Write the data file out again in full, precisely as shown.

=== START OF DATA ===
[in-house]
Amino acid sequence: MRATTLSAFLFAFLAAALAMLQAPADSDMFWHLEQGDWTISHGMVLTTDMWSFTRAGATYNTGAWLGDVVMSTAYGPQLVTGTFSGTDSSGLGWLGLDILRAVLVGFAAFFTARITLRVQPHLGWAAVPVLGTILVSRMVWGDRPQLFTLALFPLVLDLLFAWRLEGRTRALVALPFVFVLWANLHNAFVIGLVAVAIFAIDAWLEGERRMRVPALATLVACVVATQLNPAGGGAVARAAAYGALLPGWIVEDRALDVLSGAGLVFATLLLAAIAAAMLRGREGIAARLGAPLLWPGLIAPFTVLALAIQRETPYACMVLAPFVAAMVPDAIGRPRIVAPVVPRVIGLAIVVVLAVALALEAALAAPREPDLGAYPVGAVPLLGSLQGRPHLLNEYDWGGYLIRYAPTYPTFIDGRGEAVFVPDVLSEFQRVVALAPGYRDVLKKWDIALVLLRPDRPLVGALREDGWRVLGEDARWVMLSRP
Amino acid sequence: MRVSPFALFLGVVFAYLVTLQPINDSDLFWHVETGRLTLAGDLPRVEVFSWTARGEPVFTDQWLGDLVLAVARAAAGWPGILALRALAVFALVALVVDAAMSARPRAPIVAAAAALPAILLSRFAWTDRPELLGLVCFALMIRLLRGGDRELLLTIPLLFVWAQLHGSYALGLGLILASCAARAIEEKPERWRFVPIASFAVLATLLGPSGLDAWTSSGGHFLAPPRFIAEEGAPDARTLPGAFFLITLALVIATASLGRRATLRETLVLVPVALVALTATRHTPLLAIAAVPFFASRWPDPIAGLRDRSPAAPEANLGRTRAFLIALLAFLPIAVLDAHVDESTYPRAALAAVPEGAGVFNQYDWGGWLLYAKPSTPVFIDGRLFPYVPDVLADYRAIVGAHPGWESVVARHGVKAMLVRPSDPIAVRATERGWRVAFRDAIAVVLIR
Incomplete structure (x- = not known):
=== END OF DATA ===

[in-house]
Amino acid sequence: MRATTLSAFLFAFLAAALAMLQAPADSDMFWHLEQGDWTISHGMVLTTDMWSFTRAGATYNTGAWLGDVVMSTAYGPQLVTGTFSGTDSSGLGWLGLDILRAVLVGFAAFFTARITLRVQPHLGWAAVPVLGTILVSRMVWGDRPQLFTLALFPLVLDLLFAWRLEGRTRALVALPFVFVLWANLHNAFVIGLVAVAIFAIDAWLEGERRMRVPALATLVACVVATQLNPAGGGAVARAAAYGALLPGWIVEDRALDVLSGAGLVFATLLLAAIAAAMLRGREGIAARLGAPLLWPGLIAPFTVLALAIQRETPYACMVLAPFVAAMVPDAIGRPRIVAPVVPRVIGLAIVVVLAVALALEAALAAPREPDLGAYPVGAVPLLGSLQGRPHLLNEYDWGGYLIRYAPTYPTFIDGRGEAVFVPDVLSEFQRVVALAPGYRDVLKKWDIALVLLRPDRPLVGALREDGWRVLGEDARWVMLSRP
Amino acid sequence: MRVSPFALFLGVVFAYLVTLQPINDSDLFWHVETGRLTLAGDLPRVEVFSWTARGEPVFTDQWLGDLVLAVARAAAGWPGILALRALAVFALVALVVDAAMSARPRAPIVAAAAALPAILLSRFAWTDRPELLGLVCFALMIRLLRGGDRELLLTIPLLFVWAQLHGSYALGLGLILASCAARAIEEKPERWRFVPIASFAVLATLLGPSGLDAWTSSGGHFLAPPRFIAEEGAPDARTLPGAFFLITLALVIATASLGRRATLRETLVLVPVALVALTATRHTPLLAIAAVPFFASRWPDPIAGLRDRSPAAPEANLGRTRAFLIALLAFLPIAVLDAHVDESTYPRAALAAVPEGAGVFNQYDWGGWLLYAKPSTPVFIDGRLFPYVPDVLADYRAIVGAHPGWESVVARHGVKAMLVRPSDPIAVRATERGWRVAFRDAIAVVLIR
Incomplete structure (x- = not known):